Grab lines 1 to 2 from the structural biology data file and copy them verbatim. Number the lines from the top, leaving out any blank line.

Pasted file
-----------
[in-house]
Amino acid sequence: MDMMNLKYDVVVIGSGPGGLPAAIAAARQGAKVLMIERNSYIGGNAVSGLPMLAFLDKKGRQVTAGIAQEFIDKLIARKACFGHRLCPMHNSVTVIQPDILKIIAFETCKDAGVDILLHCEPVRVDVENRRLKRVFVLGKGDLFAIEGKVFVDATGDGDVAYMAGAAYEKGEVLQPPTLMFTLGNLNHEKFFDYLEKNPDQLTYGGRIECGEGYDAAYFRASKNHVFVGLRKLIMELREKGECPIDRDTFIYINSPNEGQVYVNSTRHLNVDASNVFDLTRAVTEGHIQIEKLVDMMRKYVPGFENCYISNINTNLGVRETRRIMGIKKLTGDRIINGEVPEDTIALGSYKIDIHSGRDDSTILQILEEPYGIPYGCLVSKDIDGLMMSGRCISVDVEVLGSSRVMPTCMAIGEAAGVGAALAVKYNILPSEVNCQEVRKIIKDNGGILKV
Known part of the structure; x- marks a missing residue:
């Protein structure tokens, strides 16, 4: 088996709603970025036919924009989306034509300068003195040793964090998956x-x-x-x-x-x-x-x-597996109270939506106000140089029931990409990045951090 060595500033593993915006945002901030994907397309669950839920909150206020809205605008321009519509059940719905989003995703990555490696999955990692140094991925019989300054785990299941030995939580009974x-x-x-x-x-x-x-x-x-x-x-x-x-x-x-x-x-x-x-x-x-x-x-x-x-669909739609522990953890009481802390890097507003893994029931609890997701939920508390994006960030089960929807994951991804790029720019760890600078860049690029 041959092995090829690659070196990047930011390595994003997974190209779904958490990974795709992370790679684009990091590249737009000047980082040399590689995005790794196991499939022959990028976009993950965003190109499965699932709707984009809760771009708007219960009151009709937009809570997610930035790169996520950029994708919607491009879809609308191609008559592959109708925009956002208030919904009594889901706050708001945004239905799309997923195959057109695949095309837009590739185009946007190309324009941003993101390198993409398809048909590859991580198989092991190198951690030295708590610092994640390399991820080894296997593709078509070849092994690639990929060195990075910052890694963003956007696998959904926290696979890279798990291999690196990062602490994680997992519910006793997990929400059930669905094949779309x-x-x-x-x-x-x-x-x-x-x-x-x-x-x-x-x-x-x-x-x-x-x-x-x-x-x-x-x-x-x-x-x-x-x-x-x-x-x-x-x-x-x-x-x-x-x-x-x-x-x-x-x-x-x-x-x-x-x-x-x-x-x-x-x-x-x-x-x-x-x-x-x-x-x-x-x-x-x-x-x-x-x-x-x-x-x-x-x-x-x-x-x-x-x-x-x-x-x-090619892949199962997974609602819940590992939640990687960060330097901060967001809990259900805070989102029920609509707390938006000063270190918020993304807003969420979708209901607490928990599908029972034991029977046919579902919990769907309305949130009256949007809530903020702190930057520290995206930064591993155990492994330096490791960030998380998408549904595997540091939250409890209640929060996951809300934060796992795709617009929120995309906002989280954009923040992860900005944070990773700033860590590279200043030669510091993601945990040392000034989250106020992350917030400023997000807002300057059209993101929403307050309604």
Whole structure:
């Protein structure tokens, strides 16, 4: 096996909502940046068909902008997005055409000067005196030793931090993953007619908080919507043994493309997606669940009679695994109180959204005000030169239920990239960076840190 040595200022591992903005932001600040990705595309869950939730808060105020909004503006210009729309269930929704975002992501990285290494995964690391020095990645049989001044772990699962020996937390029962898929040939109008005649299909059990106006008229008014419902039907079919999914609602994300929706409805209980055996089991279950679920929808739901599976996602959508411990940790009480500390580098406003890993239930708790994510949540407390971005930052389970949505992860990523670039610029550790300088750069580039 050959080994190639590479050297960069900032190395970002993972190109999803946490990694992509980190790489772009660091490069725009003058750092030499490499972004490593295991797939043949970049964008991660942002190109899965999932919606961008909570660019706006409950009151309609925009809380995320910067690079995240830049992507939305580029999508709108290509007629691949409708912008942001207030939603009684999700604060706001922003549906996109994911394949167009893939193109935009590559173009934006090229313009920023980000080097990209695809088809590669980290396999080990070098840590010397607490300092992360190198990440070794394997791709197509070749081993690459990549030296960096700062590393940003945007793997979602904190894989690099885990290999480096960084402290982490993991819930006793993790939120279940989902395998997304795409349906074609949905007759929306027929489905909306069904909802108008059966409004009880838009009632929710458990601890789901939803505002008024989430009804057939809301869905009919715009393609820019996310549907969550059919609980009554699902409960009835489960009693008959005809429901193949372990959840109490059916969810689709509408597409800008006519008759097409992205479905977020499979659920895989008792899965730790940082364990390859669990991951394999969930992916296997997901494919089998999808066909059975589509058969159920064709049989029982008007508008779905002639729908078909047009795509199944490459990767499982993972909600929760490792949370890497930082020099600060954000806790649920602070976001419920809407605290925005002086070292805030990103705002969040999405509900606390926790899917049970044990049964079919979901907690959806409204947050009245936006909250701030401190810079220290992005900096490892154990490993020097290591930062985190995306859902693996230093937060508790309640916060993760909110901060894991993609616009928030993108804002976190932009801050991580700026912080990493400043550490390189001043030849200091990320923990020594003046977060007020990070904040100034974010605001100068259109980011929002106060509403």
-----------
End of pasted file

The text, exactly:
[in-house]
Amino acid sequence: MDMMNLKYDVVVIGSGPGGLPAAIAAARQGAKVLMIERNSYIGGNAVSGLPMLAFLDKKGRQVTAGIAQEFIDKLIARKACFGHRLCPMHNSVTVIQPDILKIIAFETCKDAGVDILLHCEPVRVDVENRRLKRVFVLGKGDLFAIEGKVFVDATGDGDVAYMAGAAYEKGEVLQPPTLMFTLGNLNHEKFFDYLEKNPDQLTYGGRIECGEGYDAAYFRASKNHVFVGLRKLIMELREKGECPIDRDTFIYINSPNEGQVYVNSTRHLNVDASNVFDLTRAVTEGHIQIEKLVDMMRKYVPGFENCYISNINTNLGVRETRRIMGIKKLTGDRIINGEVPEDTIALGSYKIDIHSGRDDSTILQILEEPYGIPYGCLVSKDIDGLMMSGRCISVDVEVLGSSRVMPTCMAIGEAAGVGAALAVKYNILPSEVNCQEVRKIIKDNGGILKV